Monday, January 25, 2010

OPINION: Thirteenth Column in Crescent Times: Why should we bother writing for a Muslim newspaper?

One of the best books I’ve read this year is entitled Leave to Remain. It’s a memoir by an associate professor of environmental engineering at the University of Sydney. The author talks about his experiences growing up in a country wracked by civil war, his studies and work in the United Kingdom and his eventual settlement in Australia. Of particular interest to me was reading about how the author gets along with people of his own ethnic and religious heritage.

That author’s experiences are somewhat similar to my father’s. Dad completed his PhD in Canberra during the 1960’s before moving back to his home country of Pakistan. He was about to be transferred to what was then East Pakistan when he was offered a job in Sydney. Had that job offer not come through, he and his family may have been caught up in a civil war.

My father has an Indian Muslim heritage. He privately practices his faith. The author of Leave to Remain, Dr Abbas El-Zein, has Lebanese Muslim heritage. He publicly professes to be a non-believer. They could both be described as “Muslim migrants”. They both migrated in similar circumstances.

But can these migration experiences really be compared? Isn’t it like comparing chalk
and cheese? And isn’t comparing one Muslim experience to another a little silly?

Greg Sheridan, the Foreign Editor of a foreign-owned newspaper calling itself The Australian, doesn’t seem to think so. Recently he wrote a column suggesting we need to have a debate in this country about the desirability of having Muslim migrants. Or migrants from Muslim backgrounds. Or migrants from Muslim-majority states. He message wasn’t very clear.

Sheridan’s editor gave him the headline of “Uncontrolled Muslim influx a threat”. He acknowledged in the 4th paragraph that:

It is extremely difficult to talk honestly about Muslim immigration. All generalisations about it are subject to countless exceptions. Muslims are very different from each other.

Sheridan then proceeded to praise a book which made all kinds of outlandish generalisations in the service of a conspiracy theory that Muslims are on the verge of taking over Europe. It was real “Eurabia” stuff.

Apparently Muslim migration leads to certain problems for host societies that Sheridan describes as “the Muslim problems”.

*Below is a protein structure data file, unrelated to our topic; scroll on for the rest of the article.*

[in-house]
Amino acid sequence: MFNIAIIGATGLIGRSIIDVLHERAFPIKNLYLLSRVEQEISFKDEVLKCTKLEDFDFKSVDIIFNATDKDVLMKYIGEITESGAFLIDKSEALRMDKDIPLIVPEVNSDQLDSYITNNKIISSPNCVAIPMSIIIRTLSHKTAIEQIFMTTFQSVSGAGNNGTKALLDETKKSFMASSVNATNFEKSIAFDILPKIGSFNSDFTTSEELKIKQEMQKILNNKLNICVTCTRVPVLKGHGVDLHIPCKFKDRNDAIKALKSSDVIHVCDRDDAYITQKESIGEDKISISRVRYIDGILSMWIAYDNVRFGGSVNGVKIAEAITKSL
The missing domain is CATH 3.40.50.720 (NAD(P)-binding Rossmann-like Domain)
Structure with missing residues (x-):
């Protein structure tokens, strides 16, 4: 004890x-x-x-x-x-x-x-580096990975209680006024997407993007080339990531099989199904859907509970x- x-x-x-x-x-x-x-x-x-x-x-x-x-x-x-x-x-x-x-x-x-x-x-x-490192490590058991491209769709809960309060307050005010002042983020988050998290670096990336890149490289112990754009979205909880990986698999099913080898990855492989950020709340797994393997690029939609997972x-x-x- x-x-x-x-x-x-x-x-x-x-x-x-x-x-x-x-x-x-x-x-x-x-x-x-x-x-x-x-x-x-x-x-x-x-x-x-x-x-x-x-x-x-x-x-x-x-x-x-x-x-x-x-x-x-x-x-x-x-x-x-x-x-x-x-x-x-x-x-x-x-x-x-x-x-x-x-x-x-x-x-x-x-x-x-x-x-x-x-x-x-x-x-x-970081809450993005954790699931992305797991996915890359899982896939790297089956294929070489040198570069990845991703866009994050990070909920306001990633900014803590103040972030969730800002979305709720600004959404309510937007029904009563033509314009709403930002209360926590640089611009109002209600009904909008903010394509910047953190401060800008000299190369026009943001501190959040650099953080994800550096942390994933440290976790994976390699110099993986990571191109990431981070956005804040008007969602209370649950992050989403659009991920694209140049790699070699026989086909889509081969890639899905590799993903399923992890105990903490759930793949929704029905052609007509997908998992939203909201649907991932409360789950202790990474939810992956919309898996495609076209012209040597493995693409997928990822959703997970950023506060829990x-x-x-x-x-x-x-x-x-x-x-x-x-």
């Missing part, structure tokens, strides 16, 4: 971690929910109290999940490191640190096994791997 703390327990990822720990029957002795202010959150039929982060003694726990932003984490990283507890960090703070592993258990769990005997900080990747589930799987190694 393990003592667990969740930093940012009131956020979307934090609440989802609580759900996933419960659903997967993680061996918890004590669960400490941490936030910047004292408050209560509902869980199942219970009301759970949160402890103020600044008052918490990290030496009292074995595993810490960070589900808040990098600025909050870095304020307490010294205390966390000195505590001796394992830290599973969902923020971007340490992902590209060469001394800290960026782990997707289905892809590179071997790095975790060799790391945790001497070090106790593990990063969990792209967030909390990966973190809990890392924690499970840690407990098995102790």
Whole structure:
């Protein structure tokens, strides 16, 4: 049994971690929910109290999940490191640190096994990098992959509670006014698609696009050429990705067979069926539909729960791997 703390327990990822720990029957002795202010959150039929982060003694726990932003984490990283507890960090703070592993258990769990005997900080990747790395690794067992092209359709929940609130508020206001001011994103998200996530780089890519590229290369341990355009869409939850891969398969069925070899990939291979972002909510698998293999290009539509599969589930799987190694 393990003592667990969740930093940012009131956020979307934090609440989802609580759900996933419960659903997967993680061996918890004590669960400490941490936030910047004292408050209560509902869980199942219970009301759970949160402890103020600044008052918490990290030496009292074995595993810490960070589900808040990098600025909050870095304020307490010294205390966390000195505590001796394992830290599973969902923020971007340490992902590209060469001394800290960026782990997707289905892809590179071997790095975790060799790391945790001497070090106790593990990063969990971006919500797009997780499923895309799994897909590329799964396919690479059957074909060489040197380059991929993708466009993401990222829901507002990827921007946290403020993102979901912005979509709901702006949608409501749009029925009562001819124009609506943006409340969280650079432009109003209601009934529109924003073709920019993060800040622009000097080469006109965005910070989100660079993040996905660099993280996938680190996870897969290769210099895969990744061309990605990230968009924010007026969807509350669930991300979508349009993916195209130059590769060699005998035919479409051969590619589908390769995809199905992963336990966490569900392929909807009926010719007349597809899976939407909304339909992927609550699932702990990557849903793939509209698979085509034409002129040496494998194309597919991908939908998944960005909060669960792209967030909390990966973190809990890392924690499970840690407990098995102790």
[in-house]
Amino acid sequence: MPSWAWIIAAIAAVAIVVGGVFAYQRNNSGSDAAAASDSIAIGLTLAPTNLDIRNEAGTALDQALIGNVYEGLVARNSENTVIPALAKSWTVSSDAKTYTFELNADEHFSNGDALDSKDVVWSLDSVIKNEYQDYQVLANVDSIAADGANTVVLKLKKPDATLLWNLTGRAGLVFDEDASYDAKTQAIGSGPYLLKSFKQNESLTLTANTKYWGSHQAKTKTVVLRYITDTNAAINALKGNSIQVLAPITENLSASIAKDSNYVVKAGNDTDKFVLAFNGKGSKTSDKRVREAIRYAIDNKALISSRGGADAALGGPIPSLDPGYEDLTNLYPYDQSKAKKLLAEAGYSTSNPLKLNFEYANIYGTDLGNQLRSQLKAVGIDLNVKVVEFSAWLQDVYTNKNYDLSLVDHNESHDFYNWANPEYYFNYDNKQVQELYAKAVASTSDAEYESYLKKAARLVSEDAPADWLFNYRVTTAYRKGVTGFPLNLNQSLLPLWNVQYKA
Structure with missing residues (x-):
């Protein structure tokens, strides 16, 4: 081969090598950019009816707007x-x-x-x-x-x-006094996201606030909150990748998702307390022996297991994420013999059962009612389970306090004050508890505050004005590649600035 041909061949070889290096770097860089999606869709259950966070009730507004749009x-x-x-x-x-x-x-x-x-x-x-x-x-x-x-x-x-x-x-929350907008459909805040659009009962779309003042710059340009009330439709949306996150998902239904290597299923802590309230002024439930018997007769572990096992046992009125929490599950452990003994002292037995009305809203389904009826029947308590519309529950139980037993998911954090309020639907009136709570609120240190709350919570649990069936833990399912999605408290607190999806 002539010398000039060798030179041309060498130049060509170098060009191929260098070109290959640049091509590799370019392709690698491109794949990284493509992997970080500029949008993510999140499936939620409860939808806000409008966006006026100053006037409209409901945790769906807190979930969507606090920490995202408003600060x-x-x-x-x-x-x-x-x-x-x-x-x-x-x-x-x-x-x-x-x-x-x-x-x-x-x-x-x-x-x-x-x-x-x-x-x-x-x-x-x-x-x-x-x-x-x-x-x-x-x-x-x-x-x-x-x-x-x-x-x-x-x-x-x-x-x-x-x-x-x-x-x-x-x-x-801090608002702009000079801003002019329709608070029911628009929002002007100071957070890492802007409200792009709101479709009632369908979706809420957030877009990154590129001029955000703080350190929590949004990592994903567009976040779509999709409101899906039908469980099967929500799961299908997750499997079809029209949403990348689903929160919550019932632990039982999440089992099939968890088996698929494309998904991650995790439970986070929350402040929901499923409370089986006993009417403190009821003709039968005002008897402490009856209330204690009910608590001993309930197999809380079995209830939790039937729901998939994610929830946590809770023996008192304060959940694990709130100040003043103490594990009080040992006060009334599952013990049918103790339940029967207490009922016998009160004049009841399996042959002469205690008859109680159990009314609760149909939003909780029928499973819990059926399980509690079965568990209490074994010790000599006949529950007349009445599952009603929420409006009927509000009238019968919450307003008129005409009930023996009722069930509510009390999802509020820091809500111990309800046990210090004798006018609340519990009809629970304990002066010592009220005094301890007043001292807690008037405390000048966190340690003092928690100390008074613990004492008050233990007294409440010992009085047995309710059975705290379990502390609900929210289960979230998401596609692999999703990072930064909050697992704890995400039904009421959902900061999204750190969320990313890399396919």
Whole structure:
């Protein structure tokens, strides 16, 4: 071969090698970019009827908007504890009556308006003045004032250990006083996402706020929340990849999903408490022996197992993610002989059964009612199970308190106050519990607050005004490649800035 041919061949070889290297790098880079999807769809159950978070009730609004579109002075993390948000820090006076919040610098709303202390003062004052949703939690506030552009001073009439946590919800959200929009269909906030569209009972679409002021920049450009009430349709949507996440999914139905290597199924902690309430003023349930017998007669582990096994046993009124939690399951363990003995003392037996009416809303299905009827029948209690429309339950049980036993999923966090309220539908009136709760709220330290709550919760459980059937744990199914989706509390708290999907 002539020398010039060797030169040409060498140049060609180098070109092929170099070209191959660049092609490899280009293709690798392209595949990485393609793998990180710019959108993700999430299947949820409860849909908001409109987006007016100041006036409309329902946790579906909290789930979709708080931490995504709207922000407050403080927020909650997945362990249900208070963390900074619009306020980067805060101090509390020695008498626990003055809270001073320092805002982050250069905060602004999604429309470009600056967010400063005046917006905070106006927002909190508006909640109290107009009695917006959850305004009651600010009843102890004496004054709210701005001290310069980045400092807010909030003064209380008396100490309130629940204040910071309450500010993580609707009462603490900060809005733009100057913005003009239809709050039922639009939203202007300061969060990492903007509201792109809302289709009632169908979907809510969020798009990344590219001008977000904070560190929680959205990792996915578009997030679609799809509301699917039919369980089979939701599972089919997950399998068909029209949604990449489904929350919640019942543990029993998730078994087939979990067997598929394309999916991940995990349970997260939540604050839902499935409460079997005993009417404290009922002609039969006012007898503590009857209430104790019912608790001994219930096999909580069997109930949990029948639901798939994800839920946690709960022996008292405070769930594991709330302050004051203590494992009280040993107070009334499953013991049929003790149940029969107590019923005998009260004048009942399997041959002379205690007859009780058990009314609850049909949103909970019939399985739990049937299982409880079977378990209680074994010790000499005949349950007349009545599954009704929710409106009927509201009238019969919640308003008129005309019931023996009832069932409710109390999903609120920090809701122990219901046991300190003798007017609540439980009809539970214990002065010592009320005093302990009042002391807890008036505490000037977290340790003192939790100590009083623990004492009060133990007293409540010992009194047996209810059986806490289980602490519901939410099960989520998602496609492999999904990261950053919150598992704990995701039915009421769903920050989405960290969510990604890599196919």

These problems include: they outbreed us; they tend not to integrate, they have a strange kind of victimhood, they all seem to hate Jews.

Sheridan says that the solution is that we should not have uncontrolled Muslim immigration. Since when has Australia had uncontrolled Muslim immigration? Indeed, since when has Australia had an immigration policy that is built on religion? Yes, we had the White Australia Policy. But this policy did not stop Albanian Muslims from migrating here in the 1920’s or Yugoslav Muslims in the 1940’s and ‘50’s.

You’d think an experienced editor of a national newspaper would get his facts right. But sadly when it comes to issues even vaguely related to something vaguely related to something deemed Muslim, facts and logic are thrown overboard. This is what happens when we allow others to write our story instead of writing it ourselves.

If for no other reason than this, we need a national newspaper that reflects the diversity of opinion among those Australians who feel inclined to tick the “Muslim” box on their census forms. The newspaper you are holding in your hands or reading on your screens is put together by a bunch of writers and editors who disagree on more things than they agree on.

Yet we still are civil in our disagreements and appreciate each other’s criticisms. After all, as the greatest of men said, disagreements among his followers are a mercy from God.

So celebrate the first anniversary of the Crescent Times. And if you disagree with anything I or anyone else writes here, put pen to paper (or fingers to keyboard) and give readers a piece of your mind. You’ll only be adding to our collective store of divine mercy.

Words © 2009-10 Irfan Yusuf

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